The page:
Following the show's cancellation and the end of the TV movies, Lucas had the entire series re-edited into feature-length installments laid out in chronological order rather than the piecemeal approach of the weekly. As a result, all the "Old Indy" segments with Hall (who passed away in '01) were dropped entirely. Per usual with Lucas, he just couldn't leave well enough alone, and sadly these edited movies under the umbrella title The Adventures of Young Indiana Jones are now the only remaining way to officially see this series in its original form (and we wouldn't see Old Indy again until 2008's Indiana Jones and the Kingdom of the Crystal Skull).

Personally, I'm of two minds on the decision to excise poor Old Indy from the Chronicles. On the one hand, even as a little kid -- especially as a little kid -- I wasn't comfortable seeing our beloved adventures hero reduced to a Grampa Simpson-esque coot no one listens to and who rambles about past exploits. On the other hand, that's the show they made, and it's a shame we don't get to see it as it aired, warts and all. However, some enterprising souls on the web have taken the opportunity to preserve those framing sequences, many of which were kind of important in paying off the episodes, and thrown them online. To wit, check out the first installment of "The Old Indiana Jones Chronicles."

(By the way, here's a depressing thought: Harrison Ford himself is now just five years younger than Hall was when he filmed his bits for the show. Yikes.)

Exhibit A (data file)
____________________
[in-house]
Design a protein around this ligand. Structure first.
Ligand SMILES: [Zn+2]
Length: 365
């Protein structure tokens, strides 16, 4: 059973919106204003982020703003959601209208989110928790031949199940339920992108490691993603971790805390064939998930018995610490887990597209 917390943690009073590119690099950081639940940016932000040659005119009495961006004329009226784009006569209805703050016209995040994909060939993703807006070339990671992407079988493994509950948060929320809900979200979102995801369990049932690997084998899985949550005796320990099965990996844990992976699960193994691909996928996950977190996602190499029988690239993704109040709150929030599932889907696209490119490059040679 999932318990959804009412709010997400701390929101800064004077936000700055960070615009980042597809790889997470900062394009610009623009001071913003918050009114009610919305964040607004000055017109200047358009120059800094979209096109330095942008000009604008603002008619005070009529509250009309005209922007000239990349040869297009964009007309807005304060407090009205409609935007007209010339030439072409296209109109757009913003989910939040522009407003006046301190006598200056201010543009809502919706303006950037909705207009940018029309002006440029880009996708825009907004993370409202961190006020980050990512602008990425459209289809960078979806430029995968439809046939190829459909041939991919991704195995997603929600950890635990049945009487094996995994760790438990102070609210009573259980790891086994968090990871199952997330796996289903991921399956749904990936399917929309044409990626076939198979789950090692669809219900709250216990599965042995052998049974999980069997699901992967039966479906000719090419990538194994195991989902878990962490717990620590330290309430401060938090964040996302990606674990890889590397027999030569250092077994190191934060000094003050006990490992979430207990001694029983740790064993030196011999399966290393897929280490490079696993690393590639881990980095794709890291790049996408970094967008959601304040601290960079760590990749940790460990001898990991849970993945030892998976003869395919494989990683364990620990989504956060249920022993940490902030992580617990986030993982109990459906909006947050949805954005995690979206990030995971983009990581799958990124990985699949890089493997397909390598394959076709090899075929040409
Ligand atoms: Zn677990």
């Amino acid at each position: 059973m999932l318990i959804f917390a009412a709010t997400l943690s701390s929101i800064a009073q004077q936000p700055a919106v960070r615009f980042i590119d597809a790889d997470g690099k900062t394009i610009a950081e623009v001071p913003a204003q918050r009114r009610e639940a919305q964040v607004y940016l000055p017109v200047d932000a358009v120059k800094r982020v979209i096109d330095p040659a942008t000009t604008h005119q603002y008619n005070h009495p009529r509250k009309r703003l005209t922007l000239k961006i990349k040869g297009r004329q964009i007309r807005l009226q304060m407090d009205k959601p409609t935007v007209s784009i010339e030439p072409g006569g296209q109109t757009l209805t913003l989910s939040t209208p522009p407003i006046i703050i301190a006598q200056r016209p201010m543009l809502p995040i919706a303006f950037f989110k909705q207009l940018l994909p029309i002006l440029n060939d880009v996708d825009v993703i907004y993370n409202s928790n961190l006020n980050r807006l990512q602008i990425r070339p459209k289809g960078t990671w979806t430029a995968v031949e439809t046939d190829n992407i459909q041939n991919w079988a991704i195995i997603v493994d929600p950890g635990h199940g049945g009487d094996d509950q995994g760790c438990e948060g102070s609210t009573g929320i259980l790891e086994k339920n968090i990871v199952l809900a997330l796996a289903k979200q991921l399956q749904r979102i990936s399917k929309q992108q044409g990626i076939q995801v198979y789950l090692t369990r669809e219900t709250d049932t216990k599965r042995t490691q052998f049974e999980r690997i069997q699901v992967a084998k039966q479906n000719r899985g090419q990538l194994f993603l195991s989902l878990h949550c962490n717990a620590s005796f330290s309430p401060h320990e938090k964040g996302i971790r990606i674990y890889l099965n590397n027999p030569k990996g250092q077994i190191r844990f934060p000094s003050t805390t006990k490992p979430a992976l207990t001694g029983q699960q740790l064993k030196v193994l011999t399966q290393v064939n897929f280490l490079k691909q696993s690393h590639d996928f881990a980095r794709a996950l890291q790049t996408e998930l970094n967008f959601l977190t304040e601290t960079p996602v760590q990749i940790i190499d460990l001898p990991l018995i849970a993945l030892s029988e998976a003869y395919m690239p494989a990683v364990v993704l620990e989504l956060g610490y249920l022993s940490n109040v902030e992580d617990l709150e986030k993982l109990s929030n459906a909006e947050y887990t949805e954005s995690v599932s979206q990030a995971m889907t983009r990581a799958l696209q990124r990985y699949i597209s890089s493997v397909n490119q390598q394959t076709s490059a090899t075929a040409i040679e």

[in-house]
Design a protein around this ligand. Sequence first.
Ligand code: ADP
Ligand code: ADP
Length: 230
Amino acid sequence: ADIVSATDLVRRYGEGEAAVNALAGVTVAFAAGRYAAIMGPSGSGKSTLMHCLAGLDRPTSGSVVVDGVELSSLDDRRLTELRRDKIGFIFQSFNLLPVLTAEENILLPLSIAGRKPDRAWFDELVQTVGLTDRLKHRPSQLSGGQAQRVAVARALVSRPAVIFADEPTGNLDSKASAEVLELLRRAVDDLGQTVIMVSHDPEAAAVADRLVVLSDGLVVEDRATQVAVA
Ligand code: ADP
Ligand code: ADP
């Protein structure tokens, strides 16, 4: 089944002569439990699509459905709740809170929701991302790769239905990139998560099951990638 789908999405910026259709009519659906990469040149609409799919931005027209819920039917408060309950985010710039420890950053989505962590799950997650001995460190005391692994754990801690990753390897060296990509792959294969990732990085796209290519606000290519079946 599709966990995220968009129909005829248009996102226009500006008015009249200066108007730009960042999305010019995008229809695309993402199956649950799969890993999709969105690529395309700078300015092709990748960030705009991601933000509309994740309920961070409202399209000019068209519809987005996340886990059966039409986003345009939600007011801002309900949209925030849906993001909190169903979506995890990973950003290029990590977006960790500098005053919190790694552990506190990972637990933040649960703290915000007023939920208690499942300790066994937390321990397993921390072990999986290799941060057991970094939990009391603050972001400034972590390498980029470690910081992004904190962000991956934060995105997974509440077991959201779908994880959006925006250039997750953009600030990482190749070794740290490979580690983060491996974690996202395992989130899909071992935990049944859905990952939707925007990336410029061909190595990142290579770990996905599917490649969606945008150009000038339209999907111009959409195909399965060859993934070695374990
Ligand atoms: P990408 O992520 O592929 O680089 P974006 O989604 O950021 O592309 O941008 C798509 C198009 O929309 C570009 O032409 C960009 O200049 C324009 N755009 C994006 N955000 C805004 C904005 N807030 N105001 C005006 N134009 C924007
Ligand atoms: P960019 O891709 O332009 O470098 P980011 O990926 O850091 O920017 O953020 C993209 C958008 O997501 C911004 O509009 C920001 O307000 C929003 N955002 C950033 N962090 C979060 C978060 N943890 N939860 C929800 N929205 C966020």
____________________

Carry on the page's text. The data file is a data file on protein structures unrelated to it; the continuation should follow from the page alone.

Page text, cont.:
Anonymous said...

I remember watching that show as a kid, with anticipation, only to be let down by how lame it was. That show was TERRIBLE. As you said, all that made the movies great was gone!

Flannery's major expression is this puzzled gaze into the distance. He didn't act or look like Indy at all. I felt like the whole series was a huge disappointment, and can't believe it even made it past one season. It just seems like a vanity project on Lucas's part. Really, really awful...

Still, it does give some insight into Lucas's bizarre completionist / editorital tendencies. Thanks for the write-up!

Anonymous said...

The Young Indiana Jones Chronicles is the best show, ever ... period. It inspired my love of travel and adventure. Most importantly it enriched my love of the Indiana Jones character, all thanks to Flanery's portrayal of the iconic character. It is a shame that they were not able to finish making the slated episodes that would tie the TV show to the first movie.

Anonymous said...

Are you talking about the same show I am? Young Indiana Jones was BORING, man. It was boring as hell.

Actually, I take that back. Hell is probably more interesting. And less painful.

Anonymous said...

Yes, he is talking about the same show as you do. I definetely agree with the second poster that The Young Indiana Jones was the best TV series of all time with epic, rich and complex soundtrack. First poster is obviously unaware that many people respect the series. My personal opinion is that this was the best Lucas' project of his career.